A Coruña

Here you’ll find travel reports about A Coruña. Discover travel destinations in Spain of travelers writing a travel blog on FindPenguins.

133 travelers at this place:

  • Day28

    Twenty fith stop - Santiago

    Yesterday in Spain

    O Pedrouzo -> 21km -> Santiago de Compostela
    Ya estoy aqui, en Santiago! I made it! Very happy and proud of the achievement. It was challenging, it was hard but it was so worth it and getting here is really rewarding. Gracia El Camino por todo 😊 Buen camino a todos mis amigos 🤞🏻

  • Day27

    Ribadiso da Baixo -> 24km -> O Pedrouzo
    With the heat down, walking becomes easier. Yesterday's big storm cooled the temperatures so we managed to walk further than planned today. More eucalyptus forests were passed, which seemed to be everywhere in Galicia. Last night before the big arrival tomorrow - fingers crossed all goes well 🤞🏻

  • Day26

    Palas de Rei -> 25km -> Ribadiso da Baixo
    Today was a long day, knowing the whole way that it may rain at any point. The weather in Galicia is quite hectic - can change in minutes! But we made it safe and dry, but knocked off our feet. Walking through eucalyptus forests, it was great! And obviously - pulpo a la Gallega, what else?

  • Day17

    Blowing in the wind

    May 25 in Spain

    As Seixas - Melide 15km

    Bei trüben und extrem windigen Bedingungen ging es heute einen kleinen Stich hoch auf 750Hm. Die Vegetation änderte sich schlagartig und hatte den Charme schottischer Highlands. Danach ging es wieder bergab und wir erreichten gegen Mittag das Etappenziel Melide. Hier endet offiziell der Camino Primitivo. Für die letzten drei Tage heißt es nun "Augen zu und durch" auf dem kommerziellen Camino FrancesRead more

  • Day18

    Adios Primitivo

    Yesterday in Spain

    Melide - Arzua 15km

    Wie bereits erwähnt, endete der Primitivo gestern mit der Ankunft in Melide. Das machte sich heute sofort bemerkbar. Hunderte Menschen waren auf dem Weg nach Arzua unterwegs. Dabei wurde man vom Kommerz förmlich erdrückt. Von oben bis nach unten in Muschel-Merchandise gekleidet zogen diese kleinen "Buen-Camino-Zombies" immer wieder an einem vorbei und sagten ihren Spruch auf. Zurecht ist der Camino Frances bei eingefleischten Pilgern verpönt. Wir vermissen die Idylle und Einsamkeit des Primitivos.Read more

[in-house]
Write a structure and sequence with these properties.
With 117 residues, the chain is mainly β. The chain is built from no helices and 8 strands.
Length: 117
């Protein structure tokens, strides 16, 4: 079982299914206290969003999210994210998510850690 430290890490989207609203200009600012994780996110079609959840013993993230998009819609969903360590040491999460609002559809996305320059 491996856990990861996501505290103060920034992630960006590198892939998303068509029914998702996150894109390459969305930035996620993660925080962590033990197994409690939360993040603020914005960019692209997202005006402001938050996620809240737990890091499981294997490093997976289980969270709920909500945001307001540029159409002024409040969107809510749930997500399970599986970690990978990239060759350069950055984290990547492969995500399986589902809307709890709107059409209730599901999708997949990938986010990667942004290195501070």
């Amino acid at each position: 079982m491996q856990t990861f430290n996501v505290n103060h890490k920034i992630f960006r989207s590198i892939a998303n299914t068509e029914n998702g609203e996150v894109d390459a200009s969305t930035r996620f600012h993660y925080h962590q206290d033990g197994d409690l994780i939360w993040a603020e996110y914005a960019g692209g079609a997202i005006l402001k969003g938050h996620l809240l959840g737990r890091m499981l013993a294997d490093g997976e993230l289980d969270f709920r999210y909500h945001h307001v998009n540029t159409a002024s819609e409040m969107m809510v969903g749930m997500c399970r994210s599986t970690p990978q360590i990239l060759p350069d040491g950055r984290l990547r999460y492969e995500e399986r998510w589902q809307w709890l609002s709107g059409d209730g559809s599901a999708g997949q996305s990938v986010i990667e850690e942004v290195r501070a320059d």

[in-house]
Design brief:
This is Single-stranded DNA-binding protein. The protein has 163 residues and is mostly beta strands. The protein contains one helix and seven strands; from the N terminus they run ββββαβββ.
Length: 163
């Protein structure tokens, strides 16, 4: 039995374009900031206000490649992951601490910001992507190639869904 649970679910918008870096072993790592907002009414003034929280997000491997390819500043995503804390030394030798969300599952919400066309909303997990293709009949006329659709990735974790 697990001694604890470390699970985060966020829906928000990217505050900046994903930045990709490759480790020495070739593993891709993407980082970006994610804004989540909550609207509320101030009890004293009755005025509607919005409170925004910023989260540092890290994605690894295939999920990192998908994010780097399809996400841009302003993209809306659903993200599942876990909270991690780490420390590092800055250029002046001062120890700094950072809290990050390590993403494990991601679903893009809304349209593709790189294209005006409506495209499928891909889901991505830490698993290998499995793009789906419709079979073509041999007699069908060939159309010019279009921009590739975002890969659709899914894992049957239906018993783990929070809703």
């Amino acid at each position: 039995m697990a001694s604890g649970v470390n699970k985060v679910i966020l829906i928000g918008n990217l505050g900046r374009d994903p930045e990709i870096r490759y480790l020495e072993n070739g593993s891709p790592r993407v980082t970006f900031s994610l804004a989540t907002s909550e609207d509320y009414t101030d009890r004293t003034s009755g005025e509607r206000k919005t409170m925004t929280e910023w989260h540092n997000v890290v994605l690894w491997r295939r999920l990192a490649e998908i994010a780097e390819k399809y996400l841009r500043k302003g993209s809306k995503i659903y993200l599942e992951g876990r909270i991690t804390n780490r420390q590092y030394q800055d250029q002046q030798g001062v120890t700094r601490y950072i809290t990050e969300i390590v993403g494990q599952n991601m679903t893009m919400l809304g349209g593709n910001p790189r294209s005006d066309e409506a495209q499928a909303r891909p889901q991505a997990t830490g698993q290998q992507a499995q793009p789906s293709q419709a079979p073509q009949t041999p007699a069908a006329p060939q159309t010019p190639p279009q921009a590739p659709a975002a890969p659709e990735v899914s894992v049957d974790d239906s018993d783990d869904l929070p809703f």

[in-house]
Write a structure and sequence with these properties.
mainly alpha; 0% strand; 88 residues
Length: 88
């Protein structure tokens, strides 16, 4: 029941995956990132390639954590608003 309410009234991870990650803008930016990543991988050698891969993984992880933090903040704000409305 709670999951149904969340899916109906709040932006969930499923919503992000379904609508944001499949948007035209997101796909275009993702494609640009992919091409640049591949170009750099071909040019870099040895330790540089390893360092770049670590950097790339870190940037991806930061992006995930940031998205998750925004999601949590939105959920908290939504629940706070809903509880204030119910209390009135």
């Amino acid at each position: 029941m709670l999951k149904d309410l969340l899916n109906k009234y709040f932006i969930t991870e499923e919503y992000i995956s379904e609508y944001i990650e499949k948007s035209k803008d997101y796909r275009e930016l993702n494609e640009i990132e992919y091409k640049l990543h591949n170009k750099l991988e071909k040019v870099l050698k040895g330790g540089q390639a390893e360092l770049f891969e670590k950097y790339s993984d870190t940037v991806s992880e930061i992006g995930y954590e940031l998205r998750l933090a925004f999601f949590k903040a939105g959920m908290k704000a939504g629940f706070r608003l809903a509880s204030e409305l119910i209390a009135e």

• Day19

    Final Countdown

    4 hours ago in Spain

    Arzua - O Pedrouzo 19,5km

    Heute zeigte Galicien noch einmal seine ganze Schönheit. Durch Eukalyptus-Mischwälder, keltisch anmutenden Feldwegen und Dörfer erreichten wir das vorletzte Etappenziel unserer wunderschönen Reise. Mit einem Restprogramm von 20km werden wir morgen Mittag dann Santiago erreichen.

  • Day13

    11. Etappe bis Pedron

    Yesterday in Spain

    Sehr nette Etappe mit klasse Menschen bei tollem Wetter. Morgen erwartet uns die letzte Staffel. Wir freuen uns. Die Stimmung ist klasse. Den Abend mit Fußball und viiieel Wein ausklingen lassen. Schade für Liverpool aber hier feiert das ganze Land. 30319 Schritte und 23,4 km für heute

  • Day31

    Hello from Santiago. Even though I gave up my quest to walk to Santiago, I ended up here anyway as I needed to get here to get to Portugal so it turns out. I walked into the city...not quite the way I intended but walked in just the same. I think the Camino parallels life in many ways...You start out with a plan, work hard at it but in the end, things happen to change those plans and things end up differently. And, one can only hope that the end result still finds you standing and in good shape. As in my case didn’t go as planned but I still managed to walk into the main square and see the Cathedral all in one piece. I completed 275 miles of the Camino. I have unbelievable respect for anyone who walks the whole 500 miles as it is a daunting task and it is very difficult. I left Portomarín this morning via taxi to Lugo because it is Sunday and no buses were running out of Portomarín. I had a 4 hour layover in the city of Lugo which turned out to be a welcomed stopover. The old city of Lugo is completely surrounded by a 3rd century Roman wall that is upwards to 50 feet high. It is the only city in the world that is still completely surrounded by a wall so I read. It has a walking path at the top and is more than a mile around the old city. So, I say goodbye to the Camino with all its good and bad. The good?...the people, the views, the history, the change in the country as you go from east to west, the food, the wine etc. The other positives is that you realize that you might be in a shitty albergue with less than favorable roommates or slogging through the rain wet and miserable but in a few hours or the next day, you maybe having a great time sitting at a cafe and loving life. The bad?...less than desirable bunk mates. I hate to stereotype but I will say that my worst nights in albergues were spent with the French...It was my experience which has been echoed by many others here that they can be the most selfish, self centered people that you can share quarters with and trust me...their needs come first. I know you can’t say that about all of the French but it has been my experience here. The other bad thing?...toilet paper along the path. It seems that a lot of women simply go, wipe and drop the toilet paper and leave it for the rest of us to pass and enjoy. I am not so sure what is so hard about kicking the toilet paper under a rock or some leaves but that doesn’t happen for some reason. But again, on the Camino as in life, you have both respectful people and non-respectful people. I leave via train for Portugal at 6:15 AM. I will arrive in Porto at 10:15 AM. I am shooting for a smaller town 10 miles or so south of Porto. The beach that I am looking at is called...Praia da Aguda. It looks like a pretty cool place. I am not sure what is there as far as accommodations but I guess I will find out tomorrow. Maybe sleep on the beach? Who knows? I have been told that Portugal is cheaper than Spain and the foods better. That sounds great as I found the food and the prices fantastic in Spain. So, that’s it for now, 0500 will come early but only a 10 minute walk to the train station. Goodnight from Santiago!Read more